In this work, we report the temperature-dependent charge transport properties in 2mol% Al-doped ZnO (AZO)-multi-walled CNT (MWCNT) nanocomposite. The AZO-MWCNT nanocomposite was prepared by spark plasma sintering of AZO nanoparticles with MWCNTs, and the uniformly distributed MWCNTs in the nanocomposite were manifested by transmission electron microscopy, scanning electron microscopy, and Raman spectroscopy. The AZO-MWCNT nanocomposite exhibited significantly enhanced charge transport behaviors as compared with the AZO nanocomposite, which prepared by the spark plasma sintering without MWCNT. The electron transport in the AZO nanocomposite was determined by the grain boundary scattering due to the Schottky barrier originating from the trapped electrons at the grain boundary. Therefore, it exhibited relatively low Hall mobility even at room temperature (~ 12 cm2/Vs). However, in AZO-MWCNT nanocomposite, the trapped electrons could be released from the grain boundaries by the stimulation of MWCNT, resulting in the lowering of the Schottky barrier. Therefore, not only the significant increase in the carrier concentration, but also single crystal-like Hall mobility (46 cm2/Vs) could be achieved in the AZO-MWCNT nanocomposite. Detailed mechanism for the enhanced charge transport properties in the AZO-MWCNT nanocomposite will be presented.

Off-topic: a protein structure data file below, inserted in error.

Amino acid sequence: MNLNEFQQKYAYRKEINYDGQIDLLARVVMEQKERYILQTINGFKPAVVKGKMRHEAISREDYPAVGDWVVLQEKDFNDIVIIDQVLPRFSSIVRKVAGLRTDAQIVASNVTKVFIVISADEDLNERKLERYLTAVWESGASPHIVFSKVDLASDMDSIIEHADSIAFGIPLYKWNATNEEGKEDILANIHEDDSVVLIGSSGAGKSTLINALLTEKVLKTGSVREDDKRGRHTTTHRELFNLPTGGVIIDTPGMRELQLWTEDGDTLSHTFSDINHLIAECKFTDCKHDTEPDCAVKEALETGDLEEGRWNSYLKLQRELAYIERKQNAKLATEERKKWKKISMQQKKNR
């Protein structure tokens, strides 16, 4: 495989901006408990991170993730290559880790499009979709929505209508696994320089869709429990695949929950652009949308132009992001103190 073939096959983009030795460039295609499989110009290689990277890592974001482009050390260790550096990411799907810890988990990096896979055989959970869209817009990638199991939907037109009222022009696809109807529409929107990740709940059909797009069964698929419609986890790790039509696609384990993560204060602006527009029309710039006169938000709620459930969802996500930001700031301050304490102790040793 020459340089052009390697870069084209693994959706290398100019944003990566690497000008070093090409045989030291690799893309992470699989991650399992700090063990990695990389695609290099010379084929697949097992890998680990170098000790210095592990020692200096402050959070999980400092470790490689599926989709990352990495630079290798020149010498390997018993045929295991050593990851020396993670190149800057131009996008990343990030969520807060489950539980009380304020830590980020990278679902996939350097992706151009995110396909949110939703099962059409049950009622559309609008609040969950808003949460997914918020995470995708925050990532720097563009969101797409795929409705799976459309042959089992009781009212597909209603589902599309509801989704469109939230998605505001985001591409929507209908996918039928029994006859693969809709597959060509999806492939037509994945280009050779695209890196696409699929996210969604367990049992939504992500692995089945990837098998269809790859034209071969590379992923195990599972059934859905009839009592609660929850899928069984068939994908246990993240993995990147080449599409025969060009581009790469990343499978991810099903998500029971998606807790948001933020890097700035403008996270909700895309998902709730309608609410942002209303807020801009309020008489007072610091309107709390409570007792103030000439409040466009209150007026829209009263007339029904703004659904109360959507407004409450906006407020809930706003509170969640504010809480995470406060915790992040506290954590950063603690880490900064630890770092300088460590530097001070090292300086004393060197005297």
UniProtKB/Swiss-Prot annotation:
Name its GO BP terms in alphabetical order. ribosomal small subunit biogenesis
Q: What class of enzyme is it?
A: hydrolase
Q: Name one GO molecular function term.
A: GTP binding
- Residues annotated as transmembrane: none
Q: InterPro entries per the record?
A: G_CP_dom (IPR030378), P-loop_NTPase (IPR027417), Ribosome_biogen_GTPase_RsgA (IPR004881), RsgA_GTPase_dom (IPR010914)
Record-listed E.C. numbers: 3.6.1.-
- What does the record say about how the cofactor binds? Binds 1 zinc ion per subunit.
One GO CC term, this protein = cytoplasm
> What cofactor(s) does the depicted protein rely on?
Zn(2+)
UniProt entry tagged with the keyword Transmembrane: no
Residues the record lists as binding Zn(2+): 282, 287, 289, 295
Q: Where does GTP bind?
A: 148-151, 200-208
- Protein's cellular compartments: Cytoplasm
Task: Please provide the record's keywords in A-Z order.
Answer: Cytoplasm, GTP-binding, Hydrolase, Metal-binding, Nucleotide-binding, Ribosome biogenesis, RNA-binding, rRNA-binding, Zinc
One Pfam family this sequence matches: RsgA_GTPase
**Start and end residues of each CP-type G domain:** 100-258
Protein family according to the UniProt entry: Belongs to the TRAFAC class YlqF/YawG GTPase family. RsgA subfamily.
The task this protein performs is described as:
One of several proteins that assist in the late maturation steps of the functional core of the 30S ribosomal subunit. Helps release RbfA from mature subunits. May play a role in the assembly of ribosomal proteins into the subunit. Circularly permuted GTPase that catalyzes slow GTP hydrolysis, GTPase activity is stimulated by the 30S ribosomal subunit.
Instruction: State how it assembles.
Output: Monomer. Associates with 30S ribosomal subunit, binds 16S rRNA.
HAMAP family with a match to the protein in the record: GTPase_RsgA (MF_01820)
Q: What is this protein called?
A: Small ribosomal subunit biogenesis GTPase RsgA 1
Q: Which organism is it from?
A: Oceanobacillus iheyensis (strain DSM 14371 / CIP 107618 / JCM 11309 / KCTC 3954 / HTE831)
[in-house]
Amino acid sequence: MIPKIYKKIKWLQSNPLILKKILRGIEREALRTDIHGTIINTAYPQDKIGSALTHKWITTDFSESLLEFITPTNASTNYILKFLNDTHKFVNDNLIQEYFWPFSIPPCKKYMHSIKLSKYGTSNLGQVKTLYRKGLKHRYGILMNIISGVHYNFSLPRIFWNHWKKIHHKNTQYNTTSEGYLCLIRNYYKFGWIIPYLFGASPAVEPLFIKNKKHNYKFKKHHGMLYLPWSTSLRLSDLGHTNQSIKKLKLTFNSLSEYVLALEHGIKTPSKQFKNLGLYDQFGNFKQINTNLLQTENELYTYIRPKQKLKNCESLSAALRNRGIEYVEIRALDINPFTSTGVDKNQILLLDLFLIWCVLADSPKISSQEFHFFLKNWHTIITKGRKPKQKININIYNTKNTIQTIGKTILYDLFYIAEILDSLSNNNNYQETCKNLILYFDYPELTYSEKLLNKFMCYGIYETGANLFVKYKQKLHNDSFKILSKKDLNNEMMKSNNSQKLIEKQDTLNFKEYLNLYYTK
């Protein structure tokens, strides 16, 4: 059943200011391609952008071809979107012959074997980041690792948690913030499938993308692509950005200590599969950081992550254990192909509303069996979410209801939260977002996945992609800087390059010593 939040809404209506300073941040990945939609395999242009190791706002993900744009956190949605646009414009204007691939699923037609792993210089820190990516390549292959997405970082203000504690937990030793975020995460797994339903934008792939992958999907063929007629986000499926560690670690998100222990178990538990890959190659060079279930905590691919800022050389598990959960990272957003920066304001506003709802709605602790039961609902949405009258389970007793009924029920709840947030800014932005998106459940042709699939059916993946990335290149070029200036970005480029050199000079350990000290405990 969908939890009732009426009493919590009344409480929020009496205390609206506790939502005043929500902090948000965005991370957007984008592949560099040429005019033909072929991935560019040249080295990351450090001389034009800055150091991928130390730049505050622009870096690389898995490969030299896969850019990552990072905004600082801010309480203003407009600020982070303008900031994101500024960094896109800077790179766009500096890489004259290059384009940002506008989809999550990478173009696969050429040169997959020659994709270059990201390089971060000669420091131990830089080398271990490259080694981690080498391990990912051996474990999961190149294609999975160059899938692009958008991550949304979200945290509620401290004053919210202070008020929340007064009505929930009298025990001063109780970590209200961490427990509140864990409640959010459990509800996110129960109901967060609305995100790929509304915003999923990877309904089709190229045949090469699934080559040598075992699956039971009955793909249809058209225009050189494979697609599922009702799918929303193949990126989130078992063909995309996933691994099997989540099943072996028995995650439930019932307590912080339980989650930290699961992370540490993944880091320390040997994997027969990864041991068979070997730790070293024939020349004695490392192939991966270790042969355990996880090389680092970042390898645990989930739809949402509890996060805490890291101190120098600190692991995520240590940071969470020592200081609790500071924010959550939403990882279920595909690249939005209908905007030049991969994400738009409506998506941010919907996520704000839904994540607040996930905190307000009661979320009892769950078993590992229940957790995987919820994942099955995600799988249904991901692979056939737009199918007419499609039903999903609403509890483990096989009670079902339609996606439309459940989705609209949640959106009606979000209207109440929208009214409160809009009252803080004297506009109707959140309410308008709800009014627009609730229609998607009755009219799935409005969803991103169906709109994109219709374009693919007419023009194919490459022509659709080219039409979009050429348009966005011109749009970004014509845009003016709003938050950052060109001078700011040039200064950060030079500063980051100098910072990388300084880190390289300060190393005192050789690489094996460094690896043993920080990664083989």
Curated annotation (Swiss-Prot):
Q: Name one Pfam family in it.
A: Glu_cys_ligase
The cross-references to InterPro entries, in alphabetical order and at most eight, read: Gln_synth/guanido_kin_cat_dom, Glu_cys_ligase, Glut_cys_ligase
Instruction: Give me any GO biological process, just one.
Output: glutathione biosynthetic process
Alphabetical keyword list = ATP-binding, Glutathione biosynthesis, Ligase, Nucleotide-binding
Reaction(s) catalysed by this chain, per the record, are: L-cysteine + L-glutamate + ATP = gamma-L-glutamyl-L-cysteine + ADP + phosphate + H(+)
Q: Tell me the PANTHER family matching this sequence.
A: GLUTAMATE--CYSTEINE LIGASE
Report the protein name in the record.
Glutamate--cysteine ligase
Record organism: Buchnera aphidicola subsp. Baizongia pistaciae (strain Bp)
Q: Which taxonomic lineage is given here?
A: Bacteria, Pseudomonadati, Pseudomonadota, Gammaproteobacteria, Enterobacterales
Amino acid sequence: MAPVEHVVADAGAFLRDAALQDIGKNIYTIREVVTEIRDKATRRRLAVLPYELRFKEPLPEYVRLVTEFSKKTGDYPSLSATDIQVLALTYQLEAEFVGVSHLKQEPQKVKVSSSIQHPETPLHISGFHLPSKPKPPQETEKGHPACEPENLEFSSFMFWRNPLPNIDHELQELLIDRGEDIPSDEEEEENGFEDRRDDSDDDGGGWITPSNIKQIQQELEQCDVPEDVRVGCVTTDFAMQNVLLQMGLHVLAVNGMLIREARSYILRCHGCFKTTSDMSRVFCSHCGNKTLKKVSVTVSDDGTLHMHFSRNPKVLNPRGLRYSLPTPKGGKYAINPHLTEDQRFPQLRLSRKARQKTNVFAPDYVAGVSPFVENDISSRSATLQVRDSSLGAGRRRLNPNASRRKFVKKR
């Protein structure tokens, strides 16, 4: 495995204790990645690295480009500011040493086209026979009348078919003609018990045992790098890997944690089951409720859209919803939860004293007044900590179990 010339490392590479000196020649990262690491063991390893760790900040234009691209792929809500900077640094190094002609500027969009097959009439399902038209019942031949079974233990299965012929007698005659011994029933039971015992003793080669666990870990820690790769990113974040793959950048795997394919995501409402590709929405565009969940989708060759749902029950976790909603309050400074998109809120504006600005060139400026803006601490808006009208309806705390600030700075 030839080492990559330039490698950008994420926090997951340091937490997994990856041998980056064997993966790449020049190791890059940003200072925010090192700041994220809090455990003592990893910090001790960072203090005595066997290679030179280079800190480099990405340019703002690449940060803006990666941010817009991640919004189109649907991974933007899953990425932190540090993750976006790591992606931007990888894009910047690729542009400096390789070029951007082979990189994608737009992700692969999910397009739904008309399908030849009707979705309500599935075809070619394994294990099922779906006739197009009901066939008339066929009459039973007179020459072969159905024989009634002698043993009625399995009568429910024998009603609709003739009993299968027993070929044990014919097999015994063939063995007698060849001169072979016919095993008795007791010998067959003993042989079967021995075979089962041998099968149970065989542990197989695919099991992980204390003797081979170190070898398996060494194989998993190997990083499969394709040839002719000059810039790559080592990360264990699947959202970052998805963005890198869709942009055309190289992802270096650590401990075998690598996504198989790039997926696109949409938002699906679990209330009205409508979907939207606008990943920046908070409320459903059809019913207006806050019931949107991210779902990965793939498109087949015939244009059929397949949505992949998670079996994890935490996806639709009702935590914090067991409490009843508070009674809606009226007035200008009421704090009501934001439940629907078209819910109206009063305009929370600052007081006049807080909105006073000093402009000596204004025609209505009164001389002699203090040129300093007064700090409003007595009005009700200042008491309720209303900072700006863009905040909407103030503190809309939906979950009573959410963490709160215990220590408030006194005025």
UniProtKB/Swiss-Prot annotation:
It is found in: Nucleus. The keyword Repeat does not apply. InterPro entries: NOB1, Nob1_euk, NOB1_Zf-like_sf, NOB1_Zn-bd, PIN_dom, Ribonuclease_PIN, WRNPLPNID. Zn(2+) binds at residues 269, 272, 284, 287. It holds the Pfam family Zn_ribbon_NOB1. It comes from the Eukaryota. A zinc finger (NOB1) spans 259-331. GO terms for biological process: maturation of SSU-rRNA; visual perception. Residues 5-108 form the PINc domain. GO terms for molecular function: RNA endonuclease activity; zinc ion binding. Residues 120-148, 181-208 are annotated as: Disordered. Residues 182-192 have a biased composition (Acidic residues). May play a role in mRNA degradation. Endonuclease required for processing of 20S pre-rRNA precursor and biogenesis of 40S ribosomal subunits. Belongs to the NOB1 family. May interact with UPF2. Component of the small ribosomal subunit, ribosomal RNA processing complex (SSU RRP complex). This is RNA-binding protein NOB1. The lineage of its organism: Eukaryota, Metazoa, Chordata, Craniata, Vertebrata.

9:00 AM - TT3.15
Anisotropy Control of Graphene/Polyurethane Composite Materials by Directional Cooling Crystallization Method
Byoung Soo Kim 1 Harim Bae 1 Jonghwi Lee 1
1Chung-Ang University, Seoul, Korea (South) Seoul Republic of KoreaShow Abstract
Carbon-based nanofiller composites have widely been used for achieving improved thermal, mechanical and electrical properties, but it is often difficult to achieve proper properties along a desired direction because fillers are commonly aligned to the processing direction. In this study, we used a directional cooling crystallization method as a fabrication process of polymer matrix having aligned pores of thickness-through. The pores having lamellar morphologies were then used for the impregnation of nanofillers. After a subsequent impregnation method using the adsorption of graphene sheets on the wall surfaces of highly aligned pores, we could produce anisotropic graphene/polyurethane composite materials. The key achievement of this method is that we can control the directionality of thermal and electrical properties in the aligned pore direction of matrix. The major electron pathway was successfully aligned following the pore direction with the coated graphene on the pore wall, while pores are playing a role of blocking electron transfer. This method is simple and requires a relatively small amount of fillers to improve the transport performances. Therefore, controlling the matrix pore morphology can widen the applicability of this process for pressure sensitive materials in processing direction.
9:00 AM - TT3.16
Fabrication of Copper/Graphenes Nanocomposite Using a Solution Process
Haneul Jang 1 Seeun Shin 2 Donghyun Bae 2 Hyunjoo Choi 1